The former Sunbury Textile Mill will close its production facility in August due to the economic impact of COVID-19, costing 101 employees their jobs.
David Swers, president and COO of Custom Fabrics an executive vice president of Glen Raven, which operates the Sunbury facility, made the announcement Thursday morning. Swers also said a number of positions in the company's North Carolina headquarters will also be eliminated.
Employees at the plant Thursday chose to not comment but said they were not made aware in the days leading up to the announcement.
"After a thorough analysis of the market and economic impact of the COVID-19 pandemic, our company and our global manufacturing footprint, this difficult decision was made to streamline operations and support the long term position of the company," he said in a release Thursday morning.
Swers said 102 employees are working at the facility but a WARN notice posted on the Department of Labor and Industry's website on Thursday announcing the closure, states the closing will impact 101 employees, official on Aug. 4. A WARN notice is part of federal legislation that offers protection to workers, their families and communities by requiring employers to provide notice 60 days in advance of a covered-business closing and covered-business mass layoff.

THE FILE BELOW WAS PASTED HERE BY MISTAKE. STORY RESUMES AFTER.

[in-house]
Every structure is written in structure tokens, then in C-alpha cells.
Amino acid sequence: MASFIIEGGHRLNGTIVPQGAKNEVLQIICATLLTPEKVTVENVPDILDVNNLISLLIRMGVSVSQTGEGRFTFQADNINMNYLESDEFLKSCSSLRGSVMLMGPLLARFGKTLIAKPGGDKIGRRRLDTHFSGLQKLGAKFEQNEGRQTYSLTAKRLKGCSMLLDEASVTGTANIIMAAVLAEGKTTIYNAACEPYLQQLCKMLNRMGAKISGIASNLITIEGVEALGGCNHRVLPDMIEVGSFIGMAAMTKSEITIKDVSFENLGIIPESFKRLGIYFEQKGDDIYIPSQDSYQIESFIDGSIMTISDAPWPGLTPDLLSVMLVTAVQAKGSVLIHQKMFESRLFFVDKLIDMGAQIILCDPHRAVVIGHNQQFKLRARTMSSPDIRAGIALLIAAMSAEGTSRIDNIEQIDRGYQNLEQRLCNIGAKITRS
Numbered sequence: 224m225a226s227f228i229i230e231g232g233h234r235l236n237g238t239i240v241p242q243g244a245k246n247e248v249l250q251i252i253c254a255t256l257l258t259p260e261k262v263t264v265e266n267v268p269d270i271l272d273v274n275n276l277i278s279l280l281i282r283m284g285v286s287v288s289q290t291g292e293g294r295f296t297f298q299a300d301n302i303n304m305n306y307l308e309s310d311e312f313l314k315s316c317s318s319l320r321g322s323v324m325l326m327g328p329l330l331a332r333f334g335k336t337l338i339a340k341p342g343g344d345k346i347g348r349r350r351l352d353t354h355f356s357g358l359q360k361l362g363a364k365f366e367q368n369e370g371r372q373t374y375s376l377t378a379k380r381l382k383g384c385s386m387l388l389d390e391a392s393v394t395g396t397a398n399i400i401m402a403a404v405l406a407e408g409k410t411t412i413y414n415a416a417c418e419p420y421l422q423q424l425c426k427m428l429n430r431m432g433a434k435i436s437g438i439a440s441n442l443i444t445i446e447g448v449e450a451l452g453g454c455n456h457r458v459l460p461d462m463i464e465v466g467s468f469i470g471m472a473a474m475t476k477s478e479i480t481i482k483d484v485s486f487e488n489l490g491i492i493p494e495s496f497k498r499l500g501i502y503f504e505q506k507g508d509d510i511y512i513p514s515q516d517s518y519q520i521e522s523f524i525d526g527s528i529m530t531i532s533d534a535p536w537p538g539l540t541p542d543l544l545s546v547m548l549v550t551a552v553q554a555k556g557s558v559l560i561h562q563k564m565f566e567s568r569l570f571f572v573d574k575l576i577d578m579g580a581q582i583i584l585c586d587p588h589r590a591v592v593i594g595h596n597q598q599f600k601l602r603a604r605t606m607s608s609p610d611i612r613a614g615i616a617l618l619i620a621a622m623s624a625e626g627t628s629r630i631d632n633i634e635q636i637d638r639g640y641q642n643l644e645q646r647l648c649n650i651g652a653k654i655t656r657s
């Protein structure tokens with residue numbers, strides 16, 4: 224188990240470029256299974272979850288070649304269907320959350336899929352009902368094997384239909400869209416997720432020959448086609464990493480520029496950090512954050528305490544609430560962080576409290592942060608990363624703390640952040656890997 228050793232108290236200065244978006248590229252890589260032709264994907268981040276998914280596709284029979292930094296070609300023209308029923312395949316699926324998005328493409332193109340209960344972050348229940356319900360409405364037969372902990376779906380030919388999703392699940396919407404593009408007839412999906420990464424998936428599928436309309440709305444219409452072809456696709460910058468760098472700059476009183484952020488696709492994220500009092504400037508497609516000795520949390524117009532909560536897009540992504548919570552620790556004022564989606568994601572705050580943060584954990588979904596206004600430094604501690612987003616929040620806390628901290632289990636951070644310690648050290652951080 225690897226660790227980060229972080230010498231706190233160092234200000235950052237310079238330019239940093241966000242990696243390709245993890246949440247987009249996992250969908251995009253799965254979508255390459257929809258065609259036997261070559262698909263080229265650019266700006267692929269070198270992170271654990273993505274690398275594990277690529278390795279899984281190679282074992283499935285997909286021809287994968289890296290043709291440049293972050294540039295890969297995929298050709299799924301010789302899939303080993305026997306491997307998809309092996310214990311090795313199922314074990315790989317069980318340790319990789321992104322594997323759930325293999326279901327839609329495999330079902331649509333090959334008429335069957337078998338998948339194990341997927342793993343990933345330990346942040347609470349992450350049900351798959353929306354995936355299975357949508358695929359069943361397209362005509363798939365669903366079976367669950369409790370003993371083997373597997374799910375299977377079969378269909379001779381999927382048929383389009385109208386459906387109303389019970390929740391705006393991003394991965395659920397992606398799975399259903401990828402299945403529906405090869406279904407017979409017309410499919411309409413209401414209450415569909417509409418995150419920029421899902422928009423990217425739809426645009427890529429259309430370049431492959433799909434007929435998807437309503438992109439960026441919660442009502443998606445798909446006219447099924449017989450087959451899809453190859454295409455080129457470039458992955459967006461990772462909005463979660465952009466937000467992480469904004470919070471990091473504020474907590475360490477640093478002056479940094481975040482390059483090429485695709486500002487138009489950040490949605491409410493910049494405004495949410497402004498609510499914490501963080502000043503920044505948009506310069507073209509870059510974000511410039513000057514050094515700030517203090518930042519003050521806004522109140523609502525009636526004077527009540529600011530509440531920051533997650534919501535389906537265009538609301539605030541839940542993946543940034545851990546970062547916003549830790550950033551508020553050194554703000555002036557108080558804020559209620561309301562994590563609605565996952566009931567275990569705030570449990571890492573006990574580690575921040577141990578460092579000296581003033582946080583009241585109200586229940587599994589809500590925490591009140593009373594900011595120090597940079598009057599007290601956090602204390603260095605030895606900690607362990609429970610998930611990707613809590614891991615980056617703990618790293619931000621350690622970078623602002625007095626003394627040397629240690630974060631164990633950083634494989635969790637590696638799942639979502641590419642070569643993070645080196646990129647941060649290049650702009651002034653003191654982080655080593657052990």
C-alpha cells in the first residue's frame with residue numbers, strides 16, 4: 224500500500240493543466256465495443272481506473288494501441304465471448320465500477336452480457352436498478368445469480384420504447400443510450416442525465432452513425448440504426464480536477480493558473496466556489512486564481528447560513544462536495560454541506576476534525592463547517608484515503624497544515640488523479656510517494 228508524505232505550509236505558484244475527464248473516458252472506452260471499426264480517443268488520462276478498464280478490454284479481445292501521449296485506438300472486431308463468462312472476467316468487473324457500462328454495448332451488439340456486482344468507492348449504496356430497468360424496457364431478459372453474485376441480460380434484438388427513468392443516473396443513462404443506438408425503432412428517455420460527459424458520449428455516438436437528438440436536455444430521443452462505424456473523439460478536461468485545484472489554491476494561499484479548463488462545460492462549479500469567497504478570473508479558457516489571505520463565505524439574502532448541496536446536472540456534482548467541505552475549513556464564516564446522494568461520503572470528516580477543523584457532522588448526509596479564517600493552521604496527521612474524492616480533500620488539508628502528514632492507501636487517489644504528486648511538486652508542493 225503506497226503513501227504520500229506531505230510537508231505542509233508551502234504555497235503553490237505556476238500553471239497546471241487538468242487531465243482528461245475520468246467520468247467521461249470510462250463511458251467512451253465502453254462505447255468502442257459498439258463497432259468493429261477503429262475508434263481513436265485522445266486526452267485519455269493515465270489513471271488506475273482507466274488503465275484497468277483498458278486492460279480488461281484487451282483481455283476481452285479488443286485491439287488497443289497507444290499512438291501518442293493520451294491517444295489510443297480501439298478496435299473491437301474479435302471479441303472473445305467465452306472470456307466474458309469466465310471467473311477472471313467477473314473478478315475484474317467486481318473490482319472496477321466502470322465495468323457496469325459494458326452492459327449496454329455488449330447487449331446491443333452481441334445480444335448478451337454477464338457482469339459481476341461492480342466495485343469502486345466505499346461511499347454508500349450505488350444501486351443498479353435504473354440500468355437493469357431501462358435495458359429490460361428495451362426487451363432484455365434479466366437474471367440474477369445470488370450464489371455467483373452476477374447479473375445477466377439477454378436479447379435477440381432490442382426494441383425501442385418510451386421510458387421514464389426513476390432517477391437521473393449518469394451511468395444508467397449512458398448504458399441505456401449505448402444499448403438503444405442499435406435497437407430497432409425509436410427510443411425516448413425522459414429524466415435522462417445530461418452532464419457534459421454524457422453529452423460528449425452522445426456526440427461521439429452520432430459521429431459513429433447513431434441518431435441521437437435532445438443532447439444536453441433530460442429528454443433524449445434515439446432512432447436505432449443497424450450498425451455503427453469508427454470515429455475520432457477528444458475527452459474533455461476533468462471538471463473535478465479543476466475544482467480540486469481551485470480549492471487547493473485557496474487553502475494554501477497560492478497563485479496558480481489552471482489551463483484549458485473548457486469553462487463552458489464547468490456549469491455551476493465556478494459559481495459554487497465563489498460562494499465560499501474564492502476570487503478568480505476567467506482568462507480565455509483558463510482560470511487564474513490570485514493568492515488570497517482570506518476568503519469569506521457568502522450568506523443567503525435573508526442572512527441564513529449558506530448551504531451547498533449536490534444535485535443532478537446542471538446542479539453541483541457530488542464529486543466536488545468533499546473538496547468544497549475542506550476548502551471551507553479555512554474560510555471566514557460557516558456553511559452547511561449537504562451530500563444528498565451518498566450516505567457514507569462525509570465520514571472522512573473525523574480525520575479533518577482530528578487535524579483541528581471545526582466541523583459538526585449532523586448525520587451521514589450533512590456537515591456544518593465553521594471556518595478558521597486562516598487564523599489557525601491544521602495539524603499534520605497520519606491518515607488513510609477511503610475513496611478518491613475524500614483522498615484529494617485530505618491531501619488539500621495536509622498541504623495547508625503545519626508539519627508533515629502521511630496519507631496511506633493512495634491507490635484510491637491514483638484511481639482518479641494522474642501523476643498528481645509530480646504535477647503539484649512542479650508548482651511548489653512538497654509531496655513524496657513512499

"These are difficult decisions and not taken lightly," Swers told The Daily Item Thursday. "We have a great, dedicated team of hard-working employees and we appreciate their contributions over the years."
Swers said the company offered additional benefits to employees, which will go into effect once the plant closes. "Until that time, they remain active employees of Glen Raven with full benefits, regardless of hours worked each week," he said.
Swers said COVID-19 disrupted the home furnishings and contract fabric industry.
"The COVID-19 pandemic has had a significant and enduring impact on the global economy, impacting many of our markets and partners," he said. "More specifically, the disruption in the home furnishings and contract fabric industries has led to reduced demand for Glen Raven's upholstery fabrics."
Sunbury Mayor Kurt Karlovich said he was made aware Thursday by the company they would be shutting its doors.
"I am both shocked and saddened to learn of the imminent closing of the Sunbury Textile Mill, a business which has always stood the test of time as a strong standard of employment for citizens of the Sunbury community over a period spanning 65 years," he said. "It is my intention for the city to assist the current owners' search for a new tenant for the Textile Mills property."
Glen Raven Inc., is a provider of performance fabrics, with product sales in more than 120 countries worldwide, according to officials.